Kid Nate: Bonnar should take this, but his injury was serious and you never know how well a figher has recovered and if he'll be in top shape (see Rua, Shogun). Jones is a very promising talent but he's very young and very raw. Bonnar should be more than polished enough both standing and at the jiu jitsu game to take advantage of Jones' inexperience. Bonnar by decision.
Brent Brookhouse: Anyone sleeping on Bonnar 2.0 is going to get a big wake-up call. He's going to box circles around Jones and at some point put the fight on the ground and get the submission. Stephan Bonnar by submission, round 2.
Michael Rome: Lots of people on the Jon Jones bandwagon, and who can blame them? He's real exciting to watch. Even so, I think he will be completely outclassed by Bonnar, who has been training boxing at Mayweather's gym, and reportedly is in great shape. Bonnar kind of has a second lease on life, he needs to win this fight, and I think he will. Stephan Bonnar via TKO, round 3.
Michael Fagan: Lots of questions coming into this. How has Bonnar's injury healed? Will Jones inexperience show or does will his creative striking and good Greco be enough to defeat the infinite gatekeeper? I have a feeling Bonnar may just be too big, but I'm rooting for Jones. Stephan Bonnar by decision.
Cannon Jacques: This is a tough call. Bonnar is a tough, well-rounded fighter who hasn't fought in a good while. Jones is an athletic young gun who is largely untested. I think Jones can keep it standing and use his athleticism to make Bonnar pay. Jones by TKO, round 2.
Chris Nelson: I picked Jones to upset Andre Gusmao in his UFC debut (*brushes dirt off shoulder*) but it's much harder to throw support behind him this time. Bonnar has a distinct edge in the experience department (eight years fighting professionally vs. Jones' one), submission game (though Jones has arguably better wrestling), and, allegedly, has improved his boxing by leaps and bounds since his injury. Nonetheless, I can't ignore the rust factor with Bonnar and my gut is going toward Jones again, wild spinning back-elbows and all. Jon Jones by Decision.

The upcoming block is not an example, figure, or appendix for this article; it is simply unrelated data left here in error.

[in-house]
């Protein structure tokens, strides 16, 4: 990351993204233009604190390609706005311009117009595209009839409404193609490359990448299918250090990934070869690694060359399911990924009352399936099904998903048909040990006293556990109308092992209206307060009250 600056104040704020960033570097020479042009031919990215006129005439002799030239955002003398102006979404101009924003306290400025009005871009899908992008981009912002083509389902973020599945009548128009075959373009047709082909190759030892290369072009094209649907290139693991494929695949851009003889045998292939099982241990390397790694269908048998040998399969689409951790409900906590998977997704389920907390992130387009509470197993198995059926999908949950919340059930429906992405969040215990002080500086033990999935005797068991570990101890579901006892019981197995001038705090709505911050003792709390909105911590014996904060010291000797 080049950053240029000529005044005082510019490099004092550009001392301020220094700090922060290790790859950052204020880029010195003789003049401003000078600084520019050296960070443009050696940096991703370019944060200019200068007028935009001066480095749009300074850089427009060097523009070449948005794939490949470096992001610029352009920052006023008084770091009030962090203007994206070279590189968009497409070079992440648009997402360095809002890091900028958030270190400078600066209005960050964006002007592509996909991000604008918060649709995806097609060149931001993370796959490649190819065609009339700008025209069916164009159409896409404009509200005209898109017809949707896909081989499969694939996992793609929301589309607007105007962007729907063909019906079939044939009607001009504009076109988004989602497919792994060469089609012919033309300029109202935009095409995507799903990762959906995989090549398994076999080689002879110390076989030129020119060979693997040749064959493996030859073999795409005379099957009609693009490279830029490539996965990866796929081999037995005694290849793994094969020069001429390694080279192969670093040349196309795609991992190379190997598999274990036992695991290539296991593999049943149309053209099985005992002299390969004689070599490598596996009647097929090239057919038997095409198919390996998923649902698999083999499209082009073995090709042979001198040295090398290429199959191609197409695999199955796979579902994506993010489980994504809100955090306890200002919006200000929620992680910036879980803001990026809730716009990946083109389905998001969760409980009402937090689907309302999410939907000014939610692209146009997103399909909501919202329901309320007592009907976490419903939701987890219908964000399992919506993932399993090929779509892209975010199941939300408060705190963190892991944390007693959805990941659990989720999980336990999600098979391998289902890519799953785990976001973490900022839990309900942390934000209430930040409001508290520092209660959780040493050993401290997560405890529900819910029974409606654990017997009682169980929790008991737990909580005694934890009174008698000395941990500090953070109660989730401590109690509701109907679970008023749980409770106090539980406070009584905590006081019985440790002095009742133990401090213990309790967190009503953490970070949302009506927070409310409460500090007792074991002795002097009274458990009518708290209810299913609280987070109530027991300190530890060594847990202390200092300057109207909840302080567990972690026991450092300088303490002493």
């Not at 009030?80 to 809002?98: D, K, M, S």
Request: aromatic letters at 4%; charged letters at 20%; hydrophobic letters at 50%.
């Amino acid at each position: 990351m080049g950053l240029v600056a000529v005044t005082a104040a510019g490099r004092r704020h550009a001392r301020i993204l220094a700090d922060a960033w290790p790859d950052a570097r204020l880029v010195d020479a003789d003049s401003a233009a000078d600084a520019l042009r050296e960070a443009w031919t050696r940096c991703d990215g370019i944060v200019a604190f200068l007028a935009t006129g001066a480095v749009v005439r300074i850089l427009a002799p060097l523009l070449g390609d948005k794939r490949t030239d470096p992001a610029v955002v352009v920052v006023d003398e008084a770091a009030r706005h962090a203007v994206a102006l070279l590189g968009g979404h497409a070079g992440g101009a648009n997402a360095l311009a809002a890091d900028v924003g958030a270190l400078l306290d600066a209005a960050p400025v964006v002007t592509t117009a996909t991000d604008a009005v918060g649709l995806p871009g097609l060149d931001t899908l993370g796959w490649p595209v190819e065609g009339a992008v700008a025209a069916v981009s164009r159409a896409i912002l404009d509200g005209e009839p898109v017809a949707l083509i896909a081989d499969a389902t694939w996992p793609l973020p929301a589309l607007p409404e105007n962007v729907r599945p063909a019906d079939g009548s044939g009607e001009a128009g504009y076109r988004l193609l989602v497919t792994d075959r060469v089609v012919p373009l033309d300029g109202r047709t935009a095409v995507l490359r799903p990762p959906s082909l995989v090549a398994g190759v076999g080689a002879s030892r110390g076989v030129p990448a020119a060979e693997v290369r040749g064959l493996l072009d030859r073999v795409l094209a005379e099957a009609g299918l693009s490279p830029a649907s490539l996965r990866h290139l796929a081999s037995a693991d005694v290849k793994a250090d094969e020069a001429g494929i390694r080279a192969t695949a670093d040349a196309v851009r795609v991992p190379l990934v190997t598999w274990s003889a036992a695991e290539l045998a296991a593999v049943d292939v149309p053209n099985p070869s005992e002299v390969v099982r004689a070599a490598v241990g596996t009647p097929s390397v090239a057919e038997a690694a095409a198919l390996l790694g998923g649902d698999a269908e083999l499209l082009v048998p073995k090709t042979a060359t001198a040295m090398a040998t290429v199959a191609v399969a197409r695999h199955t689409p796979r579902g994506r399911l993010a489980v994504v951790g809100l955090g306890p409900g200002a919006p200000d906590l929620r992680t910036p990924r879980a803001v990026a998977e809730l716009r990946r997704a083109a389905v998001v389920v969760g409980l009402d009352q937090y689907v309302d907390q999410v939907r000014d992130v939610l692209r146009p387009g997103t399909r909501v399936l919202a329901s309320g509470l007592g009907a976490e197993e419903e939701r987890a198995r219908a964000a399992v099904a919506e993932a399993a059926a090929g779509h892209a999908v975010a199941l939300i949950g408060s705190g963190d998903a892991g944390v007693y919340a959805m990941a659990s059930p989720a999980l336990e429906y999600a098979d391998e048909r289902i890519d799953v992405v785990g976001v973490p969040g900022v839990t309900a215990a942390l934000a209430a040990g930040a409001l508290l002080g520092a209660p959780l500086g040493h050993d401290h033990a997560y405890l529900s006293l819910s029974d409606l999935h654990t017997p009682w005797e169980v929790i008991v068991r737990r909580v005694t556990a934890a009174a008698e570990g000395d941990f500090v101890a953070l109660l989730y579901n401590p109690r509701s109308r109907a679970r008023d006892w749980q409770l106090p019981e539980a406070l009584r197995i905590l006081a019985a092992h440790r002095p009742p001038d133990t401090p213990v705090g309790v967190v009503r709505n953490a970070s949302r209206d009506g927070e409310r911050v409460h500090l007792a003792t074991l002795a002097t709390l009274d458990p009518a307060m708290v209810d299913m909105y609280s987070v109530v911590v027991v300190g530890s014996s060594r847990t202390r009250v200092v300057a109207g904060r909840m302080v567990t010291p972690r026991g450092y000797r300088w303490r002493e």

Nick Thomas: Will Bonnar come in with ring rust? Is Jones too inexperienced? We'll find out. I think Bonnar will take this to the ground and dominate Jones. Bonnar by submission.
Jones won, surviving a three round battle that he dominated early but did tire late. I summed up his potential in my post fight wrap up piece:
Jon Jones - The man simply proved me wrong. I thought that Bonnar would survive an early flurry and catch the younger Jones as he overextended and gassed out. He did gas but he had built up a very big lead and Bonnar kept clinching in the 3rd round when he clearly was catching the tired "Bones" with strikes. Why he chose to do that, I don't know. But I can't take anything away from Jones. For as young as he is, his skill level and potential is amazing.
Jones' performance was so solid that it led to Mike Rome calling for Jon as a potential man to face Lyoto Machida all the way back in February of 2009.
And, of course, there was Nate's Judo Chop of Jones' phenomenal wrestling.
We'll continue our rewind looking back at articles written about Jones throughout his UFC career as we creep closer to the biggest fight of his pro career when he meets Rashad Evans at UFC 145.